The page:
The opinion of the court was delivered by: John E. Miller, Chief Judge.
The motion of defendant for a new trial has been considered
along with brief in support thereof. The case was originally
tried on September 11, 1958, to the court sitting without a jury,
and on September 19 formal findings of fact and conclusions of
law were filed and judgment for the defendant entered thereon.
Jackson v. M.F.A. Mutual Ins. Co., D.C., 165 F. Supp. 388.
In due course the plaintiffs moved for a partial new trial, and
all parties submitted briefs on the questions involved. The
plaintiffs' motion for partial new trial was granted, and on
November 24, 1958, a second hearing was held. On December 1,
1958, the court filed its second opinion, D.C., 169 F. Supp. 633,
and in accordance therewith entered judgment on the same day in
favor of the plaintiffs for the face amount of the policy,
together with interest and the statutory penalty and an
attorney's fee. The facts as developed at the hearings are
outlined in the findings of fact and in the court's opinion of
December 1, and there appears to be no need to review
them upon this motion. Counsel who represented plaintiffs at both
hearings is now deceased. The plaintiffs have been adequately
notified of the defendant's motion but had not secured new
counsel at the time the motion of defendant was considered.
The defendant first objects to certain findings of fact made by
the court. It disputes the finding that plaintiffs' lessee was to
take possession of the insured property on March 27, 1957, and
cites testimony that the lease agreement was "to take effect" on
April 15, 1957. Regardless of the rights as conveyed by the lease
agreement itself, the plaintiff, H.P. Jackson, and the lessee,
John Holland, both testified that Holland took possession on or
about March 27, 1957, notwithstanding that the effective date of
the lease was April 15. There is no direct evidence to the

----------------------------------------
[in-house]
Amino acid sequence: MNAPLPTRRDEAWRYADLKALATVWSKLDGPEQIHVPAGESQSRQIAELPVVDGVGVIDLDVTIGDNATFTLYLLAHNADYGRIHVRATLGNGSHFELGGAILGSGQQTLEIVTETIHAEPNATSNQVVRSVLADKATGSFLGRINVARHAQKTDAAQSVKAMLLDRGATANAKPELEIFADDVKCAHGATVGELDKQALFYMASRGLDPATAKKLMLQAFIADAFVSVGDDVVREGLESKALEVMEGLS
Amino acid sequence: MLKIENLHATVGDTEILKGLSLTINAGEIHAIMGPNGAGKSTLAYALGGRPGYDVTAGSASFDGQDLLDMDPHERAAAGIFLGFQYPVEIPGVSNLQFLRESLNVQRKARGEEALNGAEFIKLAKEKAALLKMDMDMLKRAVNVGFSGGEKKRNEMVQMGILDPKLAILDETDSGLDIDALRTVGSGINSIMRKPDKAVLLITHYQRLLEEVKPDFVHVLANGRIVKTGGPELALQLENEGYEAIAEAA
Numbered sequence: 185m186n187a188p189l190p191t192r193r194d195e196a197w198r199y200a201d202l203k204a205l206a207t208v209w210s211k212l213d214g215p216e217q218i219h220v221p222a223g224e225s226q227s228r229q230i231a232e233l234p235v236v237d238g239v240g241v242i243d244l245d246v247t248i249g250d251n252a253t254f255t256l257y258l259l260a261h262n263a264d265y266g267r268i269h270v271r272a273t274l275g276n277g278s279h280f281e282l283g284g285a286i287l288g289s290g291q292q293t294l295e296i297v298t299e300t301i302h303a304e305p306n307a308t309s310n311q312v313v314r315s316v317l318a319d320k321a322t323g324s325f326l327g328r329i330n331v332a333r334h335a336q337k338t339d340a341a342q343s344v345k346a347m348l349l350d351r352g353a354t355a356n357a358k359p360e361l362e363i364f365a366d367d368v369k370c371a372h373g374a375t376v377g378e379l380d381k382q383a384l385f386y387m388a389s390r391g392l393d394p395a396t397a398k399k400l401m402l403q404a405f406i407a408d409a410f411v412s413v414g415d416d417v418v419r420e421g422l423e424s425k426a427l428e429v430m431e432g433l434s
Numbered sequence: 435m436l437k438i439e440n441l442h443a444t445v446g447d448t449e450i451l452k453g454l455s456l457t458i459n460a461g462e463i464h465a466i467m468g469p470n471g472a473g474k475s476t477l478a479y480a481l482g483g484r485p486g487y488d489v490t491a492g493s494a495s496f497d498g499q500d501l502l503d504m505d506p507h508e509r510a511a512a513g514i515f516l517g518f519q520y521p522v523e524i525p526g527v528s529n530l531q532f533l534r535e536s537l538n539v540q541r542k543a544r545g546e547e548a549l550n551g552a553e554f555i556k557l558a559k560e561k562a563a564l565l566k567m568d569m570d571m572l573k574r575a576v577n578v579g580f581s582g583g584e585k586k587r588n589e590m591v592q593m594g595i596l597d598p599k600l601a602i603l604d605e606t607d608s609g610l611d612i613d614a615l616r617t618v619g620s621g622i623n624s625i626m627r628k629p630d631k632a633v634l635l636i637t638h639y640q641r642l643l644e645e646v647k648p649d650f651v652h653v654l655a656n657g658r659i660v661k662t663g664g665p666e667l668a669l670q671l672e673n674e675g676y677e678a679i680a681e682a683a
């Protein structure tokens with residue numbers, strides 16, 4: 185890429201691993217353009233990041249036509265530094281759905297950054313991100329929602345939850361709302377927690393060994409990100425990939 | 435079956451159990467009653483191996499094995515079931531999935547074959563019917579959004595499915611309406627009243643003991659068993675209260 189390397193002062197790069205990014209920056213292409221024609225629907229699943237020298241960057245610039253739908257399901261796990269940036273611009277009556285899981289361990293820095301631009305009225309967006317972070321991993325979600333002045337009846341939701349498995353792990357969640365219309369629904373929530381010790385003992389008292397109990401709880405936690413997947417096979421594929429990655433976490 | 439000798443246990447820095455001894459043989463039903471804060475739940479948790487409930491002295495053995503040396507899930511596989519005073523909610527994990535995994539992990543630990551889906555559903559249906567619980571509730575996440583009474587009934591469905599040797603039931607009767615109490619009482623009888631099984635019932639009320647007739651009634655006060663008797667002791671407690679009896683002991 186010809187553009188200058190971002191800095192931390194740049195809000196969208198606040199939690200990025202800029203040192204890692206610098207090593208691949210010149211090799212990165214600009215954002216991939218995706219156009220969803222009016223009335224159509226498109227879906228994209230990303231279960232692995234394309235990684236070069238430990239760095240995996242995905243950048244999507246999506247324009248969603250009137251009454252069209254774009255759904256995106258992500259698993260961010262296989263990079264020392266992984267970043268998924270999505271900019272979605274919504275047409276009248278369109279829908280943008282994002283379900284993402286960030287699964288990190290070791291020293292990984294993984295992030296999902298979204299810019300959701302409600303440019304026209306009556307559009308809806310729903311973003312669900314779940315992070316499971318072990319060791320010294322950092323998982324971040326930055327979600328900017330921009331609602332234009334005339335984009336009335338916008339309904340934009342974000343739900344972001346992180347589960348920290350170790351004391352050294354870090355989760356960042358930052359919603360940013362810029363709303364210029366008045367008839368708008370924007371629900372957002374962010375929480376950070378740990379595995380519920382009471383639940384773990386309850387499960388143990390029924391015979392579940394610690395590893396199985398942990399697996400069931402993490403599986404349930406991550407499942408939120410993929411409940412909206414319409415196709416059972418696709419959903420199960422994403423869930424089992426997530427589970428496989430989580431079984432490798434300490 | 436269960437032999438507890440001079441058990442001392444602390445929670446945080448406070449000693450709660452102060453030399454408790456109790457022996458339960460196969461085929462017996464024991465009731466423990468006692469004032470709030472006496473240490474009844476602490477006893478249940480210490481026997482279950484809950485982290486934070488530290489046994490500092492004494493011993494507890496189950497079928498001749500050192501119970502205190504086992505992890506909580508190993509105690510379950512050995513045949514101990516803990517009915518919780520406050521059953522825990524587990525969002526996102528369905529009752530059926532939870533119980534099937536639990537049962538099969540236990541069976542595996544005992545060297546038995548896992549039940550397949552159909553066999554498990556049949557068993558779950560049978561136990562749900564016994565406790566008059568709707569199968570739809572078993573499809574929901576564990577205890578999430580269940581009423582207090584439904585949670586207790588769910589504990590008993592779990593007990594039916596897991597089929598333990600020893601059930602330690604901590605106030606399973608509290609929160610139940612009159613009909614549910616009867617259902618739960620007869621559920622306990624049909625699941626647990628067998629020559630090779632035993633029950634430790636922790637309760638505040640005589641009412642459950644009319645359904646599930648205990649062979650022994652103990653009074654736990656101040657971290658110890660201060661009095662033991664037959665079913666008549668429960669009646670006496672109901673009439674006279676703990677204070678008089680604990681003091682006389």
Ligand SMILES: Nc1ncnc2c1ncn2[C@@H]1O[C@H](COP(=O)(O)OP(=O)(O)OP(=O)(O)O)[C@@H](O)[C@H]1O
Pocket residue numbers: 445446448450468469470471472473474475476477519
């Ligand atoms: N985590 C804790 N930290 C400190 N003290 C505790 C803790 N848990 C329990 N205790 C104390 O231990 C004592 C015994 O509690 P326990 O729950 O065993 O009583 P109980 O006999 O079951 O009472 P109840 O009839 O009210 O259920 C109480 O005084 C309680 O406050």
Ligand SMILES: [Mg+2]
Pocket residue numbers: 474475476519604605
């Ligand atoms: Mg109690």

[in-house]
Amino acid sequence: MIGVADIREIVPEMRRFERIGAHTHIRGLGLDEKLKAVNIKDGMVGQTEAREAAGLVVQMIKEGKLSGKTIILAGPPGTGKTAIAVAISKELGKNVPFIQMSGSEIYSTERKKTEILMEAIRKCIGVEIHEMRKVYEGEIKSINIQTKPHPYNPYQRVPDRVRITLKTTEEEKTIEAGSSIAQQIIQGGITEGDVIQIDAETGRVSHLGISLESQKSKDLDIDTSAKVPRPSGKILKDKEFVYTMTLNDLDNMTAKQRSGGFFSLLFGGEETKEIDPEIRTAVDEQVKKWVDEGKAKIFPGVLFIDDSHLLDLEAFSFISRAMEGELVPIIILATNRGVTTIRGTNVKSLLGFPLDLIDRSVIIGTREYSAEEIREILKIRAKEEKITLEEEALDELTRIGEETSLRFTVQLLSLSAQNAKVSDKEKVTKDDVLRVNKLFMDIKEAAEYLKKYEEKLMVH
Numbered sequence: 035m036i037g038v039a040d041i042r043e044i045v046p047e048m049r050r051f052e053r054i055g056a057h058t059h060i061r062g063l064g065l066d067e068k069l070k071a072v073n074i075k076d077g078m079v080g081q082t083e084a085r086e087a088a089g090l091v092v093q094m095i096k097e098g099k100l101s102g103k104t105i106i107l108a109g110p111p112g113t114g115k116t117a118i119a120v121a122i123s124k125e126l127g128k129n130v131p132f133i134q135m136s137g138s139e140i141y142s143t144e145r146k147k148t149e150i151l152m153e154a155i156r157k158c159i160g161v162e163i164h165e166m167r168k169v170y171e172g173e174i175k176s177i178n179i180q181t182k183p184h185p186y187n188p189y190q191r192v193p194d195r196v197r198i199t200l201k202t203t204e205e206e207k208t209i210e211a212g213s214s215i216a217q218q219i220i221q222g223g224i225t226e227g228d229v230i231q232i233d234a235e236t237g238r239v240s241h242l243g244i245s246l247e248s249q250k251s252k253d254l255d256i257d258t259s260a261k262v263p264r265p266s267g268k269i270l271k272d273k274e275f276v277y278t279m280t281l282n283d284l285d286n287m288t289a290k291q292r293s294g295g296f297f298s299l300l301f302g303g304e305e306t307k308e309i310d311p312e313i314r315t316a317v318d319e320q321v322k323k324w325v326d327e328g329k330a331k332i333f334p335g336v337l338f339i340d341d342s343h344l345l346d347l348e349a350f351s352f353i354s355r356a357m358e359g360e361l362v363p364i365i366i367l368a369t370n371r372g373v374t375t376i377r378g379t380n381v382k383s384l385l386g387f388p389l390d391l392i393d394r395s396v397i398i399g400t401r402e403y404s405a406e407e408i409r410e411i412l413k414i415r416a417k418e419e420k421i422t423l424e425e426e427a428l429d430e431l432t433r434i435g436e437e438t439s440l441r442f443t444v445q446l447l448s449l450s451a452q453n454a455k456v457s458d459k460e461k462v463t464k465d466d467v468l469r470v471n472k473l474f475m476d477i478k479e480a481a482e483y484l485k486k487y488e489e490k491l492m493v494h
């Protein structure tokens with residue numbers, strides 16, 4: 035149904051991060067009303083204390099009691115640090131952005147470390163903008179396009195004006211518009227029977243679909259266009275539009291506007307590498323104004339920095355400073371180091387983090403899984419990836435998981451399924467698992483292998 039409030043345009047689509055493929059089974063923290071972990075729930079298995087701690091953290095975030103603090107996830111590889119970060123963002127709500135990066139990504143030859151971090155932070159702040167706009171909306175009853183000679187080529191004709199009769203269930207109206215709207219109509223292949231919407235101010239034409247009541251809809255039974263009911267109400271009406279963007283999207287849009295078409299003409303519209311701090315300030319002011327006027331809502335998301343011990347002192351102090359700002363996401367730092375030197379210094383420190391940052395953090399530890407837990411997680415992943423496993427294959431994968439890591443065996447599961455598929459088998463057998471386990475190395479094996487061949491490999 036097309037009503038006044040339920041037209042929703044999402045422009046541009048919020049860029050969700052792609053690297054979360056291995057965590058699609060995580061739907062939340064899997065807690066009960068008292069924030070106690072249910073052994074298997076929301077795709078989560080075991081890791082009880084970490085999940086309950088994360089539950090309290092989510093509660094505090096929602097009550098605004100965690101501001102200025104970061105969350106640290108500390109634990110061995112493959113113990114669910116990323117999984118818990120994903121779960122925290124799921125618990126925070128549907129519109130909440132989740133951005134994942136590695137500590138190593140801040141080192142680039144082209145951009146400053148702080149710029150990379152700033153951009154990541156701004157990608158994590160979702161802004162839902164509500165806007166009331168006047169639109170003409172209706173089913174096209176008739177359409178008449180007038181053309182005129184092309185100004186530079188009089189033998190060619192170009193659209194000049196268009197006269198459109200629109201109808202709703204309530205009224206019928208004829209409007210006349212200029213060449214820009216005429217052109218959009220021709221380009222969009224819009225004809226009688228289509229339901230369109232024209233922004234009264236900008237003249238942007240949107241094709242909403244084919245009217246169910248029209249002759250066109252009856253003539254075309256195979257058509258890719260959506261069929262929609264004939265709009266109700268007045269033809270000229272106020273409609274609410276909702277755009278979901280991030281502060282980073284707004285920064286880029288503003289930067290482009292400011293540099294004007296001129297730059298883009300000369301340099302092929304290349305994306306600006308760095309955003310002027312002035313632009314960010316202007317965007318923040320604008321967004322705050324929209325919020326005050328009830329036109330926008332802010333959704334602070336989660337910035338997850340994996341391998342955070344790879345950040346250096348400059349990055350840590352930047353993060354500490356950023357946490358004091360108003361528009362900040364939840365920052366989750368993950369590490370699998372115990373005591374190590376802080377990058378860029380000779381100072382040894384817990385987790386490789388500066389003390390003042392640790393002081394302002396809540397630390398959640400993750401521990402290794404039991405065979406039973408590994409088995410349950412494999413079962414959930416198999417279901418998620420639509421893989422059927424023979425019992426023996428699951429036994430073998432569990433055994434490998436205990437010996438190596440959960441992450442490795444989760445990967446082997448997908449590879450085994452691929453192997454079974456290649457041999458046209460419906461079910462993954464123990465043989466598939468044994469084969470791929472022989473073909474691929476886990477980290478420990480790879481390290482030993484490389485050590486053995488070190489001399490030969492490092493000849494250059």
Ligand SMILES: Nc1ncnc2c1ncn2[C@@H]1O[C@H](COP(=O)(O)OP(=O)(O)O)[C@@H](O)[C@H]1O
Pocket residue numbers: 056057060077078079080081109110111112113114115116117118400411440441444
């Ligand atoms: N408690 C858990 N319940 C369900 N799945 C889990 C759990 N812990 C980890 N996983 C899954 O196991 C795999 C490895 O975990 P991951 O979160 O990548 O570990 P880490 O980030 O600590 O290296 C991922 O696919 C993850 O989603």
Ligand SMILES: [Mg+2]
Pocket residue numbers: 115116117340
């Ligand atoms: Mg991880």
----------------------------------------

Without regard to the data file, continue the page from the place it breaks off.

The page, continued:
contrary, and the court accepted the testimony of both Holland
and Jackson regarding the date of possession.
The defendant also contends that the court should have accepted
the testimony of Eugene Pinkley rather than the testimony of H.P.
Jackson, one of the plaintiffs, regarding the conversation in
March 1957 as to the change in occupancy. Specifically the
defendant contends that there is no foundation for the court's
statement in its opinion of December 1 that Pinkley remembers
little of this conversation. A part of the testimony of Mr.
Pinkley, as given at the original trial, is as follows:
"Q. Would you state the nature of the discussion?
A. The best I remember, Mr. Jackson said they were on
a deal to lease it to a manufacturing company and if
the deal went through would it change the premium or
anything. And I told him "Yes it would change it
some, I didn't know how much." At that time they had
not move — at that time the occupancy of the
building had not been changed.
"Q. Before the fire and subsequent to this
conversation did you ever have any other discussion
or conversation with the plaintiffs in this case
concerning this use and occupancy? A. No, sir, not
that I remember of.
"Q. Did you ever furnish to M.F.A. Mutual Insurance
Company a notice of this change in occupancy? A. No.
"Q. Mr. Pinkley, did you ever yourself have actual
notice of this change in use and occupancy? A. Well,
I knew it actually from reading the paper and I knew
they moved in there, but so far as the insurance
angle of it I didn't think anything of it." (Emphasis
After seeing and hearing the witnesses, the court believed and
still believes it to be a fact that Pinkley either did not
remember the conversation or that he was being extremely evasive.
Therefore, the testimony of the plaintiff, H.P. Jackson, was
accepted as true.
Finally, the defendant objects to the court's finding that
"shortly after the renewal premium was paid by Jackson, he
received in the mail a premium receipt." The objection appears to
be that the word "shortly" is not a definite time. By the
defendant's calculation the premium receipt was received by the
plaintiff, H.P. Jackson, no sooner than 17 days after the premium
was paid. This calculation appears to be approximately correct,
but the objection to the court's terminology does not appear
material. The record speaks for itself, and while the
calculations of the defendant in its brief appear to be correct,
there does not appear to be any reason for granting a new trial
on this basis.
"Q. Is that the receipt that was sent to you by the
M.F.A. Insurance Company? A. Yes, sir.
"Mr. Wilson: The plaintiff offers this fire premium
insurance receipt as ...